A Politcal Chrenobyl
There’s a secret city inside Famagusta. A city the locals don’t talk about and ignore. Famagusta surrounds this city, but forgot about it. The city is called Varosha, and it has been off limits since 1974.
Greek Cypriots in the south told us about Varosha. It was considered the most desirable beach on the island, apparently playing host to about 70% of the tourists before the conflict in 1974. “Elvis, Sinatra, and Marilyn Monroe went there” said a Turkish Cypriot who attended the Eastern Mediteranean University in Famagusta. He was one of the few who would talk about Varosha. “It was the Ibiza of the east.”
When the invasion occurred in 1974, the Turkish military fenced off the nicest portion of Varosha—several kilometers of beach, resorts, restaurants, villas, all the nicest portion of the city’s thriving tourist district, surrounded with barrels and barbed wire. The inhabits left quickly. Today, the few pictures of the interior show cars parked, and goods left in stores to rot. The city sits in ruins, buildings showing signs of bombs, followed by decades of neglect.
The “forbidden zone” is engulfed by an inhabited Famagusta that flows around it. It dips into the Famagusta at least a kilometer and is surrounded by now decaying barbed wire and barrels. The forbidden zone is so old that the actual barricade itself (barbed wire and barrels) is little more than rust and decay from the 40 years of neglect. Cactus and overgrowth now fill in the barrier, and the threat of being shot deters any who aren’t afraid of the spines.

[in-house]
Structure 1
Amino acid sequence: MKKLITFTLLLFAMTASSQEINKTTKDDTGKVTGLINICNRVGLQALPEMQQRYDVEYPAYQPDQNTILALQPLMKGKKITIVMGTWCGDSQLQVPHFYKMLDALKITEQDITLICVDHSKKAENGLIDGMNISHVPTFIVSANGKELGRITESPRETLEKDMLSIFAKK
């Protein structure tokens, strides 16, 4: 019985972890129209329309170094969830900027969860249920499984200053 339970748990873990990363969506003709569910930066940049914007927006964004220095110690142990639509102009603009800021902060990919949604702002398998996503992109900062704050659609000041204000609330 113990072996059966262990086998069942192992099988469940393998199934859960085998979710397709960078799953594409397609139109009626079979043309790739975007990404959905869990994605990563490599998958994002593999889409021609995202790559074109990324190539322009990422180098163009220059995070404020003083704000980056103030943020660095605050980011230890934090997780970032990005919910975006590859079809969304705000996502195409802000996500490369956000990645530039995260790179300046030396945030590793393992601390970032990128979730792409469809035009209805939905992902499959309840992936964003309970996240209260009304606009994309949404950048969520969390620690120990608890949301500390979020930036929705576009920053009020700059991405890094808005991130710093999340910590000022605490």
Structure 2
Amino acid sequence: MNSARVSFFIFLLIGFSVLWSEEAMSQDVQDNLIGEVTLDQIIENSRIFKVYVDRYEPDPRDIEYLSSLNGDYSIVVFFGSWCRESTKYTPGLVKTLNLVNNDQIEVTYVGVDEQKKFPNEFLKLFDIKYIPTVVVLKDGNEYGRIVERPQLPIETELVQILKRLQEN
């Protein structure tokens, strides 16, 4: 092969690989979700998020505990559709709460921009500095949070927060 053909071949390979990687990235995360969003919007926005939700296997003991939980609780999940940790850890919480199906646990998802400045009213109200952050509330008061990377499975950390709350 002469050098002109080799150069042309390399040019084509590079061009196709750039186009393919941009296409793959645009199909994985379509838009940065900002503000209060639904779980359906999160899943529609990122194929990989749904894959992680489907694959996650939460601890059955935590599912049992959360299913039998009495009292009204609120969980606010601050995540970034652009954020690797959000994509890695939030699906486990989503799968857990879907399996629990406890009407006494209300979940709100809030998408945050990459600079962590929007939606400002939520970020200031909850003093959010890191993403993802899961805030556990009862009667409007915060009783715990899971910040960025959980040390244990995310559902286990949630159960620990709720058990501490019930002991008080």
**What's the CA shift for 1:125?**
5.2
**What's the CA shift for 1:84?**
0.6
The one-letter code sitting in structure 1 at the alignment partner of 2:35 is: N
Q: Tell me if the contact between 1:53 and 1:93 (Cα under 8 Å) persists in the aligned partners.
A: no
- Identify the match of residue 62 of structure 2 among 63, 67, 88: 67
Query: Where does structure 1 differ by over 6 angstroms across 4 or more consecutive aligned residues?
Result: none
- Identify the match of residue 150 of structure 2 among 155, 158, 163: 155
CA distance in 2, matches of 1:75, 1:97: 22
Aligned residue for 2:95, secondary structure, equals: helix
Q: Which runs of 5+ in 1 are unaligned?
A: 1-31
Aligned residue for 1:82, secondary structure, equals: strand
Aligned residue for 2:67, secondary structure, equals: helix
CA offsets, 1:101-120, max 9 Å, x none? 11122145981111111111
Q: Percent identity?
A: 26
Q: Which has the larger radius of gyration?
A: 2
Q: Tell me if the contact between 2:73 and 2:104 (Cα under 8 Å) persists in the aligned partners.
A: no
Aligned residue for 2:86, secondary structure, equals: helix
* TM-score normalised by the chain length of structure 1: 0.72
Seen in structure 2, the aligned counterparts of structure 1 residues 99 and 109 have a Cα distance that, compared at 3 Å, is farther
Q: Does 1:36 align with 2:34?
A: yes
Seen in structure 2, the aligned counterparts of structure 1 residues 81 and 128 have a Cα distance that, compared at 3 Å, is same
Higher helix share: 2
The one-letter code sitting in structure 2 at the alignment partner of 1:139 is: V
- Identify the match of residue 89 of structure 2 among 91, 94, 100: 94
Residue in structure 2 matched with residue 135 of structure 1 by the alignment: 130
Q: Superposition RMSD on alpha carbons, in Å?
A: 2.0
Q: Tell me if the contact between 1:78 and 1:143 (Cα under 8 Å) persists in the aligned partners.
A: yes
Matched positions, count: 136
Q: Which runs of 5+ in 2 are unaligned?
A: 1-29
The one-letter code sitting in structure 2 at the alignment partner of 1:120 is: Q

“We don’t feel very good about the city. We don’t think of it.” The area was partitioned as a bargaining chip, with the idea that those expelled would be able to return to their homes when the negotiations had been completed. This idea probably made sense in 1974 when the invasion and occupation started. But more than 40 years on, it’s an absolute waste. The land remains in limbo, in desperate need of repair and re-habitation, but forever lost in an uncertain political status. Varosha today shares the fate of Chrenobyl, only radio-active politics, rather than isotopes, keep the area from being inhabited.